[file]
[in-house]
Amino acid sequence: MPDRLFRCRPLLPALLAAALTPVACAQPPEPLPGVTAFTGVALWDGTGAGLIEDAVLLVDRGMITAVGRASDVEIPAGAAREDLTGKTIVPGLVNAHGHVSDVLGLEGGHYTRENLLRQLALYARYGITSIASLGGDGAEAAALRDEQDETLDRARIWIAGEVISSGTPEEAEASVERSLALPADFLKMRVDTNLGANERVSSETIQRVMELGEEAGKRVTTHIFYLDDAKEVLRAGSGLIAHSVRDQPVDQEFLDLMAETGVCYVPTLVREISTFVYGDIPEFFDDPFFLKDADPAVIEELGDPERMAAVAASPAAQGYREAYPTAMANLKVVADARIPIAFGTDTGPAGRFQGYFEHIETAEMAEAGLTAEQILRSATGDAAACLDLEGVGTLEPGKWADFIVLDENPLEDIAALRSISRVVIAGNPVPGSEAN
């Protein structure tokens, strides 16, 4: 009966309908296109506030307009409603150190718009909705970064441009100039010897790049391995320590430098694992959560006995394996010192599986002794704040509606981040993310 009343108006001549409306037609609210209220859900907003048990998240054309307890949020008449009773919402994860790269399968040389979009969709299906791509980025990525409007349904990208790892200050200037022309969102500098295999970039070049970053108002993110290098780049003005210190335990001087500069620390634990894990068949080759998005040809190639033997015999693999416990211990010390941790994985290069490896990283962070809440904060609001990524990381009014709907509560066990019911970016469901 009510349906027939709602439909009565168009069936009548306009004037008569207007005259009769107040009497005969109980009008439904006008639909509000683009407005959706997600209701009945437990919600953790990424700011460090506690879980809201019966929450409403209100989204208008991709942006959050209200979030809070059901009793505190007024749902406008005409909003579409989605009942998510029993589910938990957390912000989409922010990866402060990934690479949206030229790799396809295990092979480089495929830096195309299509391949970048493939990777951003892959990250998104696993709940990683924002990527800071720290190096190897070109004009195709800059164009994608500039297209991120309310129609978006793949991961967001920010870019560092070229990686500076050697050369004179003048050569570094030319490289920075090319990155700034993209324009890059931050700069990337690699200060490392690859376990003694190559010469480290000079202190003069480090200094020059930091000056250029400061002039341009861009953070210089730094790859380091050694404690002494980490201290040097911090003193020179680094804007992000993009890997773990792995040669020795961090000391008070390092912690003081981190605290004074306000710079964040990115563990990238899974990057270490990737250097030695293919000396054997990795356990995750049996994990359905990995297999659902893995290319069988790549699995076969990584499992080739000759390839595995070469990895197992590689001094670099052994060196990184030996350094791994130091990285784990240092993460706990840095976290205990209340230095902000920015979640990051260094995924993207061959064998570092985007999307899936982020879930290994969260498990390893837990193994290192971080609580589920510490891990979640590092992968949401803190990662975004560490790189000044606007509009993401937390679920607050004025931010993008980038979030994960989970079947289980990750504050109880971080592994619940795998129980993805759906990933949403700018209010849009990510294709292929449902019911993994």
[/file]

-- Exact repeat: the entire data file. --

[in-house]
Amino acid sequence: MPDRLFRCRPLLPALLAAALTPVACAQPPEPLPGVTAFTGVALWDGTGAGLIEDAVLLVDRGMITAVGRASDVEIPAGAAREDLTGKTIVPGLVNAHGHVSDVLGLEGGHYTRENLLRQLALYARYGITSIASLGGDGAEAAALRDEQDETLDRARIWIAGEVISSGTPEEAEASVERSLALPADFLKMRVDTNLGANERVSSETIQRVMELGEEAGKRVTTHIFYLDDAKEVLRAGSGLIAHSVRDQPVDQEFLDLMAETGVCYVPTLVREISTFVYGDIPEFFDDPFFLKDADPAVIEELGDPERMAAVAASPAAQGYREAYPTAMANLKVVADARIPIAFGTDTGPAGRFQGYFEHIETAEMAEAGLTAEQILRSATGDAAACLDLEGVGTLEPGKWADFIVLDENPLEDIAALRSISRVVIAGNPVPGSEAN
């Protein structure tokens, strides 16, 4: 009966309908296109506030307009409603150190718009909705970064441009100039010897790049391995320590430098694992959560006995394996010192599986002794704040509606981040993310 009343108006001549409306037609609210209220859900907003048990998240054309307890949020008449009773919402994860790269399968040389979009969709299906791509980025990525409007349904990208790892200050200037022309969102500098295999970039070049970053108002993110290098780049003005210190335990001087500069620390634990894990068949080759998005040809190639033997015999693999416990211990010390941790994985290069490896990283962070809440904060609001990524990381009014709907509560066990019911970016469901 009510349906027939709602439909009565168009069936009548306009004037008569207007005259009769107040009497005969109980009008439904006008639909509000683009407005959706997600209701009945437990919600953790990424700011460090506690879980809201019966929450409403209100989204208008991709942006959050209200979030809070059901009793505190007024749902406008005409909003579409989605009942998510029993589910938990957390912000989409922010990866402060990934690479949206030229790799396809295990092979480089495929830096195309299509391949970048493939990777951003892959990250998104696993709940990683924002990527800071720290190096190897070109004009195709800059164009994608500039297209991120309310129609978006793949991961967001920010870019560092070229990686500076050697050369004179003048050569570094030319490289920075090319990155700034993209324009890059931050700069990337690699200060490392690859376990003694190559010469480290000079202190003069480090200094020059930091000056250029400061002039341009861009953070210089730094790859380091050694404690002494980490201290040097911090003193020179680094804007992000993009890997773990792995040669020795961090000391008070390092912690003081981190605290004074306000710079964040990115563990990238899974990057270490990737250097030695293919000396054997990795356990995750049996994990359905990995297999659902893995290319069988790549699995076969990584499992080739000759390839595995070469990895197992590689001094670099052994060196990184030996350094791994130091990285784990240092993460706990840095976290205990209340230095902000920015979640990051260094995924993207061959064998570092985007999307899936982020879930290994969260498990390893837990193994290192971080609580589920510490891990979640590092992968949401803190990662975004560490790189000044606007509009993401937390679920607050004025931010993008980038979030994960989970079947289980990750504050109880971080592994619940795998129980993805759906990933949403700018209010849009990510294709292929449902019911993994």